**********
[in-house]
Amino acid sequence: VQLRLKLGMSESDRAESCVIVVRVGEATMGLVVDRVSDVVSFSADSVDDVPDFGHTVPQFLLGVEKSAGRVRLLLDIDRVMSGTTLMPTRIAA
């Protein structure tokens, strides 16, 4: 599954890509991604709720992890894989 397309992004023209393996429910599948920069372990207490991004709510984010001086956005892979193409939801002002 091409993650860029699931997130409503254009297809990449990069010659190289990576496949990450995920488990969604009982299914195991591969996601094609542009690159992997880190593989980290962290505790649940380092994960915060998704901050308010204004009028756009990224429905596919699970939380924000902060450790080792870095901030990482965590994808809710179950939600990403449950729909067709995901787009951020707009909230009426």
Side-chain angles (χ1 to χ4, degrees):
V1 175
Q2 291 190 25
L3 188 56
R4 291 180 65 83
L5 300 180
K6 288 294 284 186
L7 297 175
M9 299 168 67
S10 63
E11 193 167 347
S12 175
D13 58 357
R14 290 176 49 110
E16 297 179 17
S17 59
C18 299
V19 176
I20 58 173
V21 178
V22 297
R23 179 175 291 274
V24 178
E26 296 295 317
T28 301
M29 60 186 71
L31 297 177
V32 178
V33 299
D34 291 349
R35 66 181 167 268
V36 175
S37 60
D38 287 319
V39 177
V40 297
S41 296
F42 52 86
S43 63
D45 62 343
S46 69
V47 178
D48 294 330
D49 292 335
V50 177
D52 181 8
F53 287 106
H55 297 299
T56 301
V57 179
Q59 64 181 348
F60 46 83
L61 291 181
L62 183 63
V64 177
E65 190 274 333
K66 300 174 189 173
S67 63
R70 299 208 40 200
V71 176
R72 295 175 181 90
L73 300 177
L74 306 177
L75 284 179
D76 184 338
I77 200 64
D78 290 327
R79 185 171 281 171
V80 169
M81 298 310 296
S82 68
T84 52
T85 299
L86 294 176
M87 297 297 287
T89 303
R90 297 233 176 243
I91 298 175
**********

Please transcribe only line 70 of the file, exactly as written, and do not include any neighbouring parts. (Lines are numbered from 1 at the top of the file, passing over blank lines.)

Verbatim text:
D78 290 327